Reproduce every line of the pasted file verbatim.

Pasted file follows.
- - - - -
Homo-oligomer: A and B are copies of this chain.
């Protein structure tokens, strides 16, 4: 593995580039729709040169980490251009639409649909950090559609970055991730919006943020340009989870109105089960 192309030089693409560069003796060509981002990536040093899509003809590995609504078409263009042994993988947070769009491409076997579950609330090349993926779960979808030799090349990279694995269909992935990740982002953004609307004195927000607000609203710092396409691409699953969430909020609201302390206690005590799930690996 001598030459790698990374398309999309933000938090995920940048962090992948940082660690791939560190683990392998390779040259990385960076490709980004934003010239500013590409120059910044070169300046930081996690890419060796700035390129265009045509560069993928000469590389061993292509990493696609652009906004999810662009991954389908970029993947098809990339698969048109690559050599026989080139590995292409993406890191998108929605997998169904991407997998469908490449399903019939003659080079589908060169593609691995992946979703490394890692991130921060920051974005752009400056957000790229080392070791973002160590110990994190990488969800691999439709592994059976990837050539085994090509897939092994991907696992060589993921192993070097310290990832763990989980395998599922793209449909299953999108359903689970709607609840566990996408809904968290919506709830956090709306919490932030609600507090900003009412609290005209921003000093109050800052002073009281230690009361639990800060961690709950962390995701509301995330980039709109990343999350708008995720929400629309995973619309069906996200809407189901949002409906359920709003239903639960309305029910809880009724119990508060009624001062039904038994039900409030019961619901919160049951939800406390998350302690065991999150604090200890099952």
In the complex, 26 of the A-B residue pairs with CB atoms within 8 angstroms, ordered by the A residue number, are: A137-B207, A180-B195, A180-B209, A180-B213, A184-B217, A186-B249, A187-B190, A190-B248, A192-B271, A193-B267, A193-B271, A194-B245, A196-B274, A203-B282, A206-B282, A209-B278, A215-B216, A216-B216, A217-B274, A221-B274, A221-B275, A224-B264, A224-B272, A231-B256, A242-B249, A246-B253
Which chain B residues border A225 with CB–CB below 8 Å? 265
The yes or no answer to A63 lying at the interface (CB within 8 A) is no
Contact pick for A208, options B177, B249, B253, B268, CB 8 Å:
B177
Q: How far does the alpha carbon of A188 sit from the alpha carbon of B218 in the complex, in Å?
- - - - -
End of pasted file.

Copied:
Homo-oligomer: A and B are copies of this chain.
């Protein structure tokens, strides 16, 4: 593995580039729709040169980490251009639409649909950090559609970055991730919006943020340009989870109105089960 192309030089693409560069003796060509981002990536040093899509003809590995609504078409263009042994993988947070769009491409076997579950609330090349993926779960979808030799090349990279694995269909992935990740982002953004609307004195927000607000609203710092396409691409699953969430909020609201302390206690005590799930690996 001598030459790698990374398309999309933000938090995920940048962090992948940082660690791939560190683990392998390779040259990385960076490709980004934003010239500013590409120059910044070169300046930081996690890419060796700035390129265009045509560069993928000469590389061993292509990493696609652009906004999810662009991954389908970029993947098809990339698969048109690559050599026989080139590995292409993406890191998108929605997998169904991407997998469908490449399903019939003659080079589908060169593609691995992946979703490394890692991130921060920051974005752009400056957000790229080392070791973002160590110990994190990488969800691999439709592994059976990837050539085994090509897939092994991907696992060589993921192993070097310290990832763990989980395998599922793209449909299953999108359903689970709607609840566990996408809904968290919506709830956090709306919490932030609600507090900003009412609290005209921003000093109050800052002073009281230690009361639990800060961690709950962390995701509301995330980039709109990343999350708008995720929400629309995973619309069906996200809407189901949002409906359920709003239903639960309305029910809880009724119990508060009624001062039904038994039900409030019961619901919160049951939800406390998350302690065991999150604090200890099952």
In the complex, 26 of the A-B residue pairs with CB atoms within 8 angstroms, ordered by the A residue number, are: A137-B207, A180-B195, A180-B209, A180-B213, A184-B217, A186-B249, A187-B190, A190-B248, A192-B271, A193-B267, A193-B271, A194-B245, A196-B274, A203-B282, A206-B282, A209-B278, A215-B216, A216-B216, A217-B274, A221-B274, A221-B275, A224-B264, A224-B272, A231-B256, A242-B249, A246-B253
Which chain B residues border A225 with CB–CB below 8 Å? 265
The yes or no answer to A63 lying at the interface (CB within 8 A) is no
Contact pick for A208, options B177, B249, B253, B268, CB 8 Å:
B177
Q: How far does the alpha carbon of A188 sit from the alpha carbon of B218 in the complex, in Å?